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DeLauro Introduces Legislation to Limit Arsenic in Rice

December 7, 2017
Press Release

WASHINGTON, DC (December 7, 2017) — This week, Congresswomen Rosa DeLauro (CT-03) introduced legislation to limit the amount of inorganic arsenic that is permitted in rice and rice-based products.  The Reducing food-based Inorganic Compounds Exposure (RICE) Act would require the Food and Drug Administration (FDA) to set a maximum permissible level of inorganic arsenic for rice and food containing rice. This bill takes an important step to ensure the safety of rice and rice products for both adults and children.

“The federal government has long-known about the dangers of arsenic in our food supply. Yet high levels of inorganic arsenic—a known carcinogen—are still present in rice, rice-based cereal, and other foods many adults, children, and infants eat every day,” said Congresswoman DeLauro. “The FDA has a responsibility to ensure our food supply is safe, especially for infants and children, but there are currently no limits on the amount of arsenic allowed in our food. That is why Congress must take up the RICE Act to protect all Americans health and well-being.”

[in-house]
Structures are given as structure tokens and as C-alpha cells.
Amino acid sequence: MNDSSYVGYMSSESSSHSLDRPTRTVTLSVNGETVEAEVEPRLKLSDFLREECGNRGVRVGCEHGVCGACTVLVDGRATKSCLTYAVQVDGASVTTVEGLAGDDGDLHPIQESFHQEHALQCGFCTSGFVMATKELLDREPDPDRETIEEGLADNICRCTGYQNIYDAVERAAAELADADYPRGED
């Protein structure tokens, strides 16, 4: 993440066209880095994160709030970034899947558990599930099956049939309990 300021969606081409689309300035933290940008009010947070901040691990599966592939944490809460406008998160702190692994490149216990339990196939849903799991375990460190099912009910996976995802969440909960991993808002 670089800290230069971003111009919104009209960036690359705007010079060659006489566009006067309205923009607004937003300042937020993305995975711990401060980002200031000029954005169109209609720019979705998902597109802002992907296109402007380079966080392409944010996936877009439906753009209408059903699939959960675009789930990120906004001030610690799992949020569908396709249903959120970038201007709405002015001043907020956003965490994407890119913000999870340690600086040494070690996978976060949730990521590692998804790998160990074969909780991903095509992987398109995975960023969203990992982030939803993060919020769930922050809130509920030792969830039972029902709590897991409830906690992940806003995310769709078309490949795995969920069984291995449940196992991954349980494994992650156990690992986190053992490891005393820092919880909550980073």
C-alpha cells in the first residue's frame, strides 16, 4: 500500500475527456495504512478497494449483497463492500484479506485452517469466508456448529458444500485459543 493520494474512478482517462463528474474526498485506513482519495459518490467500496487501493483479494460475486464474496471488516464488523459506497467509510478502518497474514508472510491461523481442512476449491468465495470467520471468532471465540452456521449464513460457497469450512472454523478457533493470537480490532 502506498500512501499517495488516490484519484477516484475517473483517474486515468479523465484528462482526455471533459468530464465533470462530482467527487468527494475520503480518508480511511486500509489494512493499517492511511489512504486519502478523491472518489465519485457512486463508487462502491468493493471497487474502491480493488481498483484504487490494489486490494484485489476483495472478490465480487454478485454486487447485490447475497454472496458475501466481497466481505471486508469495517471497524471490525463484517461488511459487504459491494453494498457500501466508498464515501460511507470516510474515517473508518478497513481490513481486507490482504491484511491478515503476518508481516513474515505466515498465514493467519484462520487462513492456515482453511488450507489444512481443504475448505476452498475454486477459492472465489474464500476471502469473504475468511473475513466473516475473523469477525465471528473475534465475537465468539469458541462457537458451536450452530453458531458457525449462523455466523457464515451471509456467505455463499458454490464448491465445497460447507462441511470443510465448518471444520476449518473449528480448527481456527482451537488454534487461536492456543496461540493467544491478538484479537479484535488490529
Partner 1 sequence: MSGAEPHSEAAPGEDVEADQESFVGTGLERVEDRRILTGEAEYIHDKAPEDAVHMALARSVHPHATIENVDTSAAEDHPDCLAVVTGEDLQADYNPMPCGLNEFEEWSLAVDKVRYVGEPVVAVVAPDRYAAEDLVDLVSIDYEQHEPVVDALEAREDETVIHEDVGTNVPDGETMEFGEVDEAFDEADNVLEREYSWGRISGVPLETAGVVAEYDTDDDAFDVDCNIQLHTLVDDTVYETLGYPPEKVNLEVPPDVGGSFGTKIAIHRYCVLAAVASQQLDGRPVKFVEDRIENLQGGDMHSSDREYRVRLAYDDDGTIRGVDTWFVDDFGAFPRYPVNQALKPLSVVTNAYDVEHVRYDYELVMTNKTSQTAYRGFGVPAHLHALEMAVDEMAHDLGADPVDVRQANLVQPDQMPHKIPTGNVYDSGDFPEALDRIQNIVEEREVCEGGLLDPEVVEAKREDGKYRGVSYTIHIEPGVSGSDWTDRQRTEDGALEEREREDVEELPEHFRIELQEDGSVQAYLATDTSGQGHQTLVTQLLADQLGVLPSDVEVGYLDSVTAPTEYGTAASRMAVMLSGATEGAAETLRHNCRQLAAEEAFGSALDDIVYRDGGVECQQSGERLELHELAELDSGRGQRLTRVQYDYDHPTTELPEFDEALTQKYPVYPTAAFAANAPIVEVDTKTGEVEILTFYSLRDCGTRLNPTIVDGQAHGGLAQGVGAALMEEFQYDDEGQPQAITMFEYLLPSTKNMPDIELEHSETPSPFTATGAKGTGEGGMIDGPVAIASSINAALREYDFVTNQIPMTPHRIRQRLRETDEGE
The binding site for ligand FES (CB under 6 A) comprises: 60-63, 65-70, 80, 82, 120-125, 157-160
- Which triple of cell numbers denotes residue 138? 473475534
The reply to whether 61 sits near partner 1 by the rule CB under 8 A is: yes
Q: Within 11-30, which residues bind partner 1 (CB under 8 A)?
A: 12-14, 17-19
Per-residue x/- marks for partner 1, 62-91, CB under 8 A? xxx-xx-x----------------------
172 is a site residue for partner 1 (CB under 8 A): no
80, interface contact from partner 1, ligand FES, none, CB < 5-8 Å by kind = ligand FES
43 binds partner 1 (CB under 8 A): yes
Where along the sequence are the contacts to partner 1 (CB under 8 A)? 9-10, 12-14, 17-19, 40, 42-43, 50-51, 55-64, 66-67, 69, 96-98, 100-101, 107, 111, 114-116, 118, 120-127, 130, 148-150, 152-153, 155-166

"This bill would be an important step forward for public health," said Jean Halloran, Director of Food Policy Initiatives for Consumers Union, the policy and mobilization division of Consumer Reports. "Our research since 2011 has highlighted arsenic's prevalence in common rice-based foods, and identified its potential risks—especially to vulnerable populations, such as young children. We support the RICE Act and urge all members of Congress to support it as well."

In addition to establishing a maximum permissible level of inorganic arsenic in rice and rice products, the RICE Act would direct the FDA to set a separate standard for rice milk and other rice-based foods frequently consumed by infants and children. A study released this week by Healthy Babies Bright Futures found, “six times more arsenic in infant rice cereal than other types of infant cereals.” Eighty percent of children in the United States eat rice in their first year of life, putting infants at a high risk of exposure to dangerous levels of arsenic that is linked to IQ loss and other long-term neurological harm.

The RICE Act is endorsed by the American Academy of Pediatrics and the Consumers Union.